Since the start of the pandemic, we have attempted to assume a socially-minded leadership position in line with our Core Purpose to make people healthier and to enhance and protect their lives; and in line with our Values, particularly, acting as a force for social good. In fact, to date, we have helped to vaccinate over 500,000 individuals at our sites as part of the national roll-out.

Building on the above, and based on the science and public health imperative, we see it as our responsibility to materially increase the country’s overall vaccination rate. We hold ourselves to the highest standard in this regard. This is crucial both ethically, given the scale of immune-compromised people in our country; and practically, given the degree of vaccine hesitancy currently being observed.

Our hope is that other organisations will follow suit, and that the systemic impact on vaccination take-up is profound.

The above is supported by a legal obligation to protect and safeguard all employees from all potential risks. 

This includes exposure to potential biological hazards, as per the Occupational Health and Safety Act, of which COVID-19 forms part. The Disaster Management Act also places obligations on Discovery in relation to ensuring a safe workplace and reducing the spread of COVID-19.

Over the past 18 months, extensive measures have been implemented to protect our people from contracting COVID-19 and to support them through their COVID-19 infections.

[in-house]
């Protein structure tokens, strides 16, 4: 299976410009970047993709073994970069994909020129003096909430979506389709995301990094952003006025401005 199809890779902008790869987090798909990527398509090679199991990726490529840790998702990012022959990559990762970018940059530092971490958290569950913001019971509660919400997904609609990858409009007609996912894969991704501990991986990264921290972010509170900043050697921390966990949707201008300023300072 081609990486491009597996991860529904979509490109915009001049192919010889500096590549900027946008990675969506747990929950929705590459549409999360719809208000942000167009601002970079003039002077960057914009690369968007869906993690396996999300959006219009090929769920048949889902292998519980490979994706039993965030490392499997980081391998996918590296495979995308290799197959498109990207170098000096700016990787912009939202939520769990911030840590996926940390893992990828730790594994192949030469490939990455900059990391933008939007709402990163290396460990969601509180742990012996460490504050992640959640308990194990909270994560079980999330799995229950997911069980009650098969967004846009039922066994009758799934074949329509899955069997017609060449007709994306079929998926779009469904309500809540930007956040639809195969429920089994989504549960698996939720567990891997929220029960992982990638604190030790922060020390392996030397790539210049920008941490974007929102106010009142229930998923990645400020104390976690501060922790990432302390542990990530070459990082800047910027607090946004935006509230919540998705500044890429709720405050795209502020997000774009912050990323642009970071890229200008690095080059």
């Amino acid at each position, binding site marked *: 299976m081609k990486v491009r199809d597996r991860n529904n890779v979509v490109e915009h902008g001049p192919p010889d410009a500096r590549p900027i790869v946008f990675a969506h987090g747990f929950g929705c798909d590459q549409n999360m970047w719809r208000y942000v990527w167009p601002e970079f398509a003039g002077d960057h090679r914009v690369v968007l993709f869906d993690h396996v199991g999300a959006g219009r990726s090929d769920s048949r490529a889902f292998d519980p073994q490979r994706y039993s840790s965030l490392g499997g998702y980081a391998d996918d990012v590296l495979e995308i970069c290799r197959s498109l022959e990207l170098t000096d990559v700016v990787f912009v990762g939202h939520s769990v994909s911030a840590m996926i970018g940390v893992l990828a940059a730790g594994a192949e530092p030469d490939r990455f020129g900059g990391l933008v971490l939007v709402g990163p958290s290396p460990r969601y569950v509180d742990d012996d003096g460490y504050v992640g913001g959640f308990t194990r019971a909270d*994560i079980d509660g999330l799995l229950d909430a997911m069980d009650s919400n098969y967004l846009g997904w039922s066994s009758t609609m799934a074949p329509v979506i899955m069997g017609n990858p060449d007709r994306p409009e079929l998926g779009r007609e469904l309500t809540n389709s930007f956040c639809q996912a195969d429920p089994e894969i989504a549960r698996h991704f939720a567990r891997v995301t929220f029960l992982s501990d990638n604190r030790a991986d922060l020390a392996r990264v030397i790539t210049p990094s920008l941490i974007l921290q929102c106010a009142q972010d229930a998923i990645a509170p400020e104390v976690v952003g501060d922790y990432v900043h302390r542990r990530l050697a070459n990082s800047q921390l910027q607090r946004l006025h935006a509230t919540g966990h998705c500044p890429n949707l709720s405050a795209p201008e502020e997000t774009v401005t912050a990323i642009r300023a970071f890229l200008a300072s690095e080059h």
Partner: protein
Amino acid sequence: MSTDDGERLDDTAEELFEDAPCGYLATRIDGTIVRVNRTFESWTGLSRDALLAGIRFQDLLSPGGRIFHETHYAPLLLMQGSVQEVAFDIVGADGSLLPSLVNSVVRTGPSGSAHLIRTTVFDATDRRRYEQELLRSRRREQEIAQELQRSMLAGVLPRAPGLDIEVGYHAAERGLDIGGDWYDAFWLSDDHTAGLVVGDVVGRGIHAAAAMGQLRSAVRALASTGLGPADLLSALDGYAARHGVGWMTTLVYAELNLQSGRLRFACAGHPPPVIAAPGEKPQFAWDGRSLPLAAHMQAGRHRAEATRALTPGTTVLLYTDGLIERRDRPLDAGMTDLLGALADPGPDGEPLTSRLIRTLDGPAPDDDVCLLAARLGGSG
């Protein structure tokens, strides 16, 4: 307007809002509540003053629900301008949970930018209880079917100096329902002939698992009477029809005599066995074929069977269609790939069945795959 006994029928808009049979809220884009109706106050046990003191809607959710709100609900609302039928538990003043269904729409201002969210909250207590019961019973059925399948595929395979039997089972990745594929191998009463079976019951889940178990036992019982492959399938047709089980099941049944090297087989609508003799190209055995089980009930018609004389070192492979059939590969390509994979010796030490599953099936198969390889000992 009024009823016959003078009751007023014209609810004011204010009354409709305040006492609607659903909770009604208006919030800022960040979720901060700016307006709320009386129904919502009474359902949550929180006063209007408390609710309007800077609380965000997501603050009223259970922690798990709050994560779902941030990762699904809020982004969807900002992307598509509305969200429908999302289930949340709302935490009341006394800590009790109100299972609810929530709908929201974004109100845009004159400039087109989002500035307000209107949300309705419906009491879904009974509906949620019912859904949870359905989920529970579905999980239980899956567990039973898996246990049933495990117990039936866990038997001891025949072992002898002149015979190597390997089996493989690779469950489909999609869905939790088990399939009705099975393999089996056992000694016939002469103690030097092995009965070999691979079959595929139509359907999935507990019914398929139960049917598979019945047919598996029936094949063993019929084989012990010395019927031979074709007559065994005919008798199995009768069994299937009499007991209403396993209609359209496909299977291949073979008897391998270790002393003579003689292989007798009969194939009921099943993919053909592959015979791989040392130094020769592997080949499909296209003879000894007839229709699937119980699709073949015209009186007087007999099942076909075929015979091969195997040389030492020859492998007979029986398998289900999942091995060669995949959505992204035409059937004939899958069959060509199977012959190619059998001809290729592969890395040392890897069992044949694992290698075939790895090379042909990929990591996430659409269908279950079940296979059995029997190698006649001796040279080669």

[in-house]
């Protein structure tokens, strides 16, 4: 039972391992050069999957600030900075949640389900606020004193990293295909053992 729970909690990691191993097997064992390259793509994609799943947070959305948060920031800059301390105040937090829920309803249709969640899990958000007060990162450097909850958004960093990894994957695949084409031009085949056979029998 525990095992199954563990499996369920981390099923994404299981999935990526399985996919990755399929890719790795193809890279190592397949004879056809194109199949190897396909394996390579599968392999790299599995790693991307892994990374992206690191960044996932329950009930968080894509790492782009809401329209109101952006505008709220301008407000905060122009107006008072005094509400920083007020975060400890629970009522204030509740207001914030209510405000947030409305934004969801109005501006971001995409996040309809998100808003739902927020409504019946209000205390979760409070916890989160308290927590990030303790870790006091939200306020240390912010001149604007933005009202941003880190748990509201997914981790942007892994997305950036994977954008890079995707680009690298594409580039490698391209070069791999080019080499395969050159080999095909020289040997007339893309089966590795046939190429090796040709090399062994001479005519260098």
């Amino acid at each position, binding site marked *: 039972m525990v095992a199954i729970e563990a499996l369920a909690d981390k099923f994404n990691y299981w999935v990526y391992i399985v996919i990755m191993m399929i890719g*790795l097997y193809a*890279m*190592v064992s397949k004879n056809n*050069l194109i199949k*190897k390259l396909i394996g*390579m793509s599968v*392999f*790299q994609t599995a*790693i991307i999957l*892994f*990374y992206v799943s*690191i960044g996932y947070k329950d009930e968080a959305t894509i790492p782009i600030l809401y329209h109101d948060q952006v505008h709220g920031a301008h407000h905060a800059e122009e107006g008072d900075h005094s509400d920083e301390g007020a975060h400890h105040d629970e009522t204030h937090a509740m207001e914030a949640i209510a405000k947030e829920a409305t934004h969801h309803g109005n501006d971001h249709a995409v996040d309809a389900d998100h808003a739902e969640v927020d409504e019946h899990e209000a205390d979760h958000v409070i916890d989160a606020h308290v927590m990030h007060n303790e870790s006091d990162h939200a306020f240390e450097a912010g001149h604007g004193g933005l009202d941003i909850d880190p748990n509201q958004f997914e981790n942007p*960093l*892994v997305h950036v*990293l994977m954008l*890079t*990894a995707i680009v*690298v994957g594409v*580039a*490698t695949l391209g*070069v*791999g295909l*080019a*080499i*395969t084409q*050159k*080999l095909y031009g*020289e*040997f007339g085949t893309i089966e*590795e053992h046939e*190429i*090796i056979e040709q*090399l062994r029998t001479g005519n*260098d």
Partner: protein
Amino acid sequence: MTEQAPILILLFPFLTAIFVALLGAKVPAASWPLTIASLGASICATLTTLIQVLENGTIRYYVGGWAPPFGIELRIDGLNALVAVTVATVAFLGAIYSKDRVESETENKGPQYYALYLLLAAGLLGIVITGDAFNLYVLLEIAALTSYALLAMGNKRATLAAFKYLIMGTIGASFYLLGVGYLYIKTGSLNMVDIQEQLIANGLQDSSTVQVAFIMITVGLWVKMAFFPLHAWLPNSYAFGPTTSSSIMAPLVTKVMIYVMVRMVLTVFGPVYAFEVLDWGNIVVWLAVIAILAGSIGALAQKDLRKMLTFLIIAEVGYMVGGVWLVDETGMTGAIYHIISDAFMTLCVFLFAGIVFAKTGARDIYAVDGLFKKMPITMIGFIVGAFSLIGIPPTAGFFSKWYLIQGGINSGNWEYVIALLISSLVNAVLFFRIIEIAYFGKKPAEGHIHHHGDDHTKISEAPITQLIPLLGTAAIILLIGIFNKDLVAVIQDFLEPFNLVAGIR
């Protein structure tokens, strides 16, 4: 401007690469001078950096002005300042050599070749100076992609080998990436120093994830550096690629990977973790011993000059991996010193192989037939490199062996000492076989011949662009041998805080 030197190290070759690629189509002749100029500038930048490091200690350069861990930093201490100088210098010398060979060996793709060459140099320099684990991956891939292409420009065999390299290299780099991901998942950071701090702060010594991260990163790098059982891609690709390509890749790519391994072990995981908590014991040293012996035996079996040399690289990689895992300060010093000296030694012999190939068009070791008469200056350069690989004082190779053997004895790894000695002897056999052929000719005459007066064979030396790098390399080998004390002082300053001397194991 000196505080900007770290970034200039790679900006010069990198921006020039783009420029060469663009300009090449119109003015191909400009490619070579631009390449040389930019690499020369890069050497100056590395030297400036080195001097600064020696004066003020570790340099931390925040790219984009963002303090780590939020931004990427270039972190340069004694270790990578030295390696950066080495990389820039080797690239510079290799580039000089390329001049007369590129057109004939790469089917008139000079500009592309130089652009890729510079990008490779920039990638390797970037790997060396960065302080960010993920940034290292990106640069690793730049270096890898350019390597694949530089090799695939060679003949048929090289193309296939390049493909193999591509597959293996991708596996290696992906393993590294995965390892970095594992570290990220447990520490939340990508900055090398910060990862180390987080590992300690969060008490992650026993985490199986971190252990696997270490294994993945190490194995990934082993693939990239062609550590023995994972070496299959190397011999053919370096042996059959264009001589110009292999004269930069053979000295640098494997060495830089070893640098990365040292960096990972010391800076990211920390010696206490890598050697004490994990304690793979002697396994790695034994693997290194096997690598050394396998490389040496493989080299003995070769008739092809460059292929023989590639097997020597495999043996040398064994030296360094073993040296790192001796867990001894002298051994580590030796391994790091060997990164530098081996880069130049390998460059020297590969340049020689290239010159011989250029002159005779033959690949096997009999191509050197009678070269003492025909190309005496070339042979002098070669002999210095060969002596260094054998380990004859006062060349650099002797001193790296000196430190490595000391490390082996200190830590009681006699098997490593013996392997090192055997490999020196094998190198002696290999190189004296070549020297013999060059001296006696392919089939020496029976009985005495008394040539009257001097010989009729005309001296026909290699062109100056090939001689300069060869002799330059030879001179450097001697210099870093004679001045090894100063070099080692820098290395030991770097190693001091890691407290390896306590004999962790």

A bolder stance is now needed to honour this obligation, and vaccination is our most powerful lever yet.

We will also be taking steps to make all our buildings vaccinated-only zones. This means all internal and external parties will need to be vaccinated; or provide proof of their health status through a COVID-19 test or other means, to gain entry to our buildings. As per the mandatory vaccination policy, there will be an appeals and exceptions process, as well as reasonable accommodation as required in certain circumstances.

The rationale for our position has been extensively vetted for its constitutionality, given this is a public health crisis and the proof that vaccination is the singular most important thing we can do to protect ourselves against COVID-19.